Transport Canada did not order the St. John's Port Authority to erect a new fence along the St. John's waterfront to meet international security standards.
Transport Canada's Steve Bone clarified the federal agency's position in a statement emailed to CBC late Thursday afternoon.
"Transport Canada is satisfied with the Port of St. John's current security plan and did not instruct the port operator to erect new fencing. Any amendments or changes to a security plan must be submitted to Transport Canada for review and approval."
Sean Hanrahan, the president and CEO of the St. John's Port Authority, said a Transport Canada audit did reveal "vulnerabilities" with the current fence that put the port's security certification at risk. He said a permanent fence is needed to meet standards for International Ship and Port Facility (ISPS) certification.
On Monday, Hanrahan told CBC Radio's On the Go that permanent fencing became a necessity after Transport Canada's most recent audit.
'We are basically putting our certification at risk.'—Sean Hanrahan, president and CEO, St. John's Port Authority
"They [Transport Canada] have found vulnerabilities with our fencing and our perimeter control and our access control," said Hanrahan. "So they're telling us that our level of risk caused by our vulnerabilities are such that we basically are putting our certification at risk."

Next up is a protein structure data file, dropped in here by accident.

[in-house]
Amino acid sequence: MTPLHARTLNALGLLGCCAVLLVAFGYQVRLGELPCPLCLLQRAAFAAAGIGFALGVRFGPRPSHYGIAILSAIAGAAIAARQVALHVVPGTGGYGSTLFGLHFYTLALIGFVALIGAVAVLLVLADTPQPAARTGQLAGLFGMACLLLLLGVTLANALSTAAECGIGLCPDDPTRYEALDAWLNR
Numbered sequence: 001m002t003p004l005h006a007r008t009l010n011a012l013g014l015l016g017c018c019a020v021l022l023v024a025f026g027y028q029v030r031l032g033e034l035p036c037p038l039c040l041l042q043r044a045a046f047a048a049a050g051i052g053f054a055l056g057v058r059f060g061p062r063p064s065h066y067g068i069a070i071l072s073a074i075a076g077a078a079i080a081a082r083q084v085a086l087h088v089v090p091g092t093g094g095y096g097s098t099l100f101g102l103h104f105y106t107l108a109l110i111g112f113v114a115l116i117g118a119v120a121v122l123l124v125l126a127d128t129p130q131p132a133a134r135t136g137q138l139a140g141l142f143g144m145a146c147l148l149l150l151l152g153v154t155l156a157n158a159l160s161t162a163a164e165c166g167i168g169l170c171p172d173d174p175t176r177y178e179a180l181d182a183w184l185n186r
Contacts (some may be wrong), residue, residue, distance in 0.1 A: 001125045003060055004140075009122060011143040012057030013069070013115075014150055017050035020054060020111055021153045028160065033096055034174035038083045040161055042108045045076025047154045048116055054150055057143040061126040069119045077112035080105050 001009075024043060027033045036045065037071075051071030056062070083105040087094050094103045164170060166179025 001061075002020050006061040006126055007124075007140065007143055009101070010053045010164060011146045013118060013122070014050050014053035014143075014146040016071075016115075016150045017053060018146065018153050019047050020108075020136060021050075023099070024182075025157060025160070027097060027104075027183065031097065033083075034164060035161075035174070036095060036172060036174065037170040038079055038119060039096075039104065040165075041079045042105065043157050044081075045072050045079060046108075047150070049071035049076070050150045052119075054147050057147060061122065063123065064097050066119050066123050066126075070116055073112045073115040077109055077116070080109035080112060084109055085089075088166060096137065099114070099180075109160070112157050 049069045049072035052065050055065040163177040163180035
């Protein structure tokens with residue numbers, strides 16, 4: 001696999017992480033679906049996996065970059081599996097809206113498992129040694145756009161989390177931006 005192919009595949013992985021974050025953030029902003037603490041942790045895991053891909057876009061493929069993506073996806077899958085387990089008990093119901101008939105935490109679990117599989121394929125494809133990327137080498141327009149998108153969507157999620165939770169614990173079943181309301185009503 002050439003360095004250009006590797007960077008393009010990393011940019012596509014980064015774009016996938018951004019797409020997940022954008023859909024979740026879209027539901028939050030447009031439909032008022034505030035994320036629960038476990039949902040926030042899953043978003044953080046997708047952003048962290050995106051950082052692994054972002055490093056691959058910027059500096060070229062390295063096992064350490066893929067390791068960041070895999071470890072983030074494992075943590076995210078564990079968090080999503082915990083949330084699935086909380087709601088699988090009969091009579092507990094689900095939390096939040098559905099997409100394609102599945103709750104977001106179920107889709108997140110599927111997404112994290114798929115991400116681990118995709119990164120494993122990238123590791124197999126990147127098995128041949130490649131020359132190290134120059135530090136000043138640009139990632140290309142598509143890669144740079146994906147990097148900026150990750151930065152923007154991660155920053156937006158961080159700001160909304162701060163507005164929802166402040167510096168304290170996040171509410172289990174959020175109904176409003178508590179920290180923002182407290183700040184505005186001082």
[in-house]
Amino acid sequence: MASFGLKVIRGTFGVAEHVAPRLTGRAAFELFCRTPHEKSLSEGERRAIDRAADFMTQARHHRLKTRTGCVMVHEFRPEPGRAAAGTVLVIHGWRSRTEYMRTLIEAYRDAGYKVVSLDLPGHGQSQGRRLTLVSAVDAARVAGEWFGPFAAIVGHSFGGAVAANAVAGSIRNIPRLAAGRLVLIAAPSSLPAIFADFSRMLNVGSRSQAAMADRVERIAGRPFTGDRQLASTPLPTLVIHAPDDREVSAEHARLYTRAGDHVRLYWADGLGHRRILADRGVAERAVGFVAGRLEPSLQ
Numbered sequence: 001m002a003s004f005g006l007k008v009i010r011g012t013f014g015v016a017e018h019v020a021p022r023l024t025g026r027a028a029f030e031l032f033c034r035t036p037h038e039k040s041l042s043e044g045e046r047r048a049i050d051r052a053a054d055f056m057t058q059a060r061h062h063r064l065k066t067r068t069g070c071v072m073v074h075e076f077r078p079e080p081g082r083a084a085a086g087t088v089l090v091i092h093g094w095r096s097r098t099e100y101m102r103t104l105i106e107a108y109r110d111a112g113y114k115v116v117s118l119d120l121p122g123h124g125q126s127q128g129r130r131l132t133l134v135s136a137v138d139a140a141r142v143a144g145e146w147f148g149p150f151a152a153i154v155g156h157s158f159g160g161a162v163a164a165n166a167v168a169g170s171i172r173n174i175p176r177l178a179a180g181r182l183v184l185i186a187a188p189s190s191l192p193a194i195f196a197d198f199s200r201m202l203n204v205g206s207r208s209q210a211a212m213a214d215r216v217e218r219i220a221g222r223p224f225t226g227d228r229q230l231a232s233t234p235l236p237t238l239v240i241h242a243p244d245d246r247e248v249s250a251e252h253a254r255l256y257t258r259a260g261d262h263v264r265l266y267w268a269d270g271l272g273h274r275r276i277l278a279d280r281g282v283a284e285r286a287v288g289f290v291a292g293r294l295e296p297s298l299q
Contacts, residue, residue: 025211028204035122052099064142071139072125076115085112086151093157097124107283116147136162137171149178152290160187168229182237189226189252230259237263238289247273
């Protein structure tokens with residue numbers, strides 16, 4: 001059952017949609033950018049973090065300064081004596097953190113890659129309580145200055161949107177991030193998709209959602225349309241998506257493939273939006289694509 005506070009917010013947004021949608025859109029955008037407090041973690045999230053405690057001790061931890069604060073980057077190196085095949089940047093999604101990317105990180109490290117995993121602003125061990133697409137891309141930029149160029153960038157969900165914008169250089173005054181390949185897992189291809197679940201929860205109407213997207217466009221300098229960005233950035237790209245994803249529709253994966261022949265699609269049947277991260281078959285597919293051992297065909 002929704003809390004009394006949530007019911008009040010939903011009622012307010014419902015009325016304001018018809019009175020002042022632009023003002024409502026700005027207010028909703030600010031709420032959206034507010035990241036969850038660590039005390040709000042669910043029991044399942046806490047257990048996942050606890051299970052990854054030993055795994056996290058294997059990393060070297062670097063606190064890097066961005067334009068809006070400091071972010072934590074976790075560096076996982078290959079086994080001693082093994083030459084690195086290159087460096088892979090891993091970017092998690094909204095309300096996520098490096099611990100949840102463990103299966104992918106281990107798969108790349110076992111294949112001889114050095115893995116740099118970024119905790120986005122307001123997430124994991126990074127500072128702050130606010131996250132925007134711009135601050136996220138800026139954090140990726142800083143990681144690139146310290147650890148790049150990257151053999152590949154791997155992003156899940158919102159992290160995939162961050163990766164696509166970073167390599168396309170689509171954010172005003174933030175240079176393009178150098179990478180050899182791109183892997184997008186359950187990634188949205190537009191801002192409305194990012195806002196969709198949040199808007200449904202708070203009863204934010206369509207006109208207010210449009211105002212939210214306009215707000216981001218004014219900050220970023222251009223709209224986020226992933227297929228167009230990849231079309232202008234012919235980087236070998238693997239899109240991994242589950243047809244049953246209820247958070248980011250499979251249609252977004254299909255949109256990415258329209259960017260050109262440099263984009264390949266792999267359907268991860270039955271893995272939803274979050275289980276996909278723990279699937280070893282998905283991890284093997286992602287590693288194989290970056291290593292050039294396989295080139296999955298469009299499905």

Hanrahan released a copy of a letter Transport Canada sent to the Port Authority, dated Dec. 10, which reads, in part, "Transport Canada has completed a new review of your Marine Facility Security Plan and noted that it does not meet the requirements of the Marine Transportation Security Regulations."
Hanrahan said without ISPS certification, the port would not be able to accept, "All foreign flag vessels, all offshore supply vessels, all cruise ships."
Transport Canada said Thursday it "does not instruct port operators to erect fences or other types of barriers, but many port facilities chose this method of restriction."
"It is up to the port facilities to determine how they will restrict access."
Offshore industry okay with current security
Meantime, a spokesperson with the Canadian Association of Petroleum Engineers (CAPP) confirmed that vessels connected with the Newfoundland and Labrador offshore oil industry must be docked at a port with ISPS certification.
Paul Barnes, the Atlantic Canada Manager for CAPP, noted that most offshore vessels are moored in more secure areas of the harbour, away from the marginal wharf section where the port authority and the city are talking about building the fence.
However, Barnes said his group is comfortable with current security at the marginal wharf, where offshore vessels stay temporarily while they wait for a more secure berth.
"We view that the current security arrangements that the port has in place are adequate when our vessels are on the marginal wharf outside of the Harvey's supply base," said Barnes.
"We're not advocating for a new fence."
"But," Barnes continued, "We certainly wish to ensure that the port authority is compliant with Transport Canada regulations. However they choose to do so is between the port authority and Transport Canada."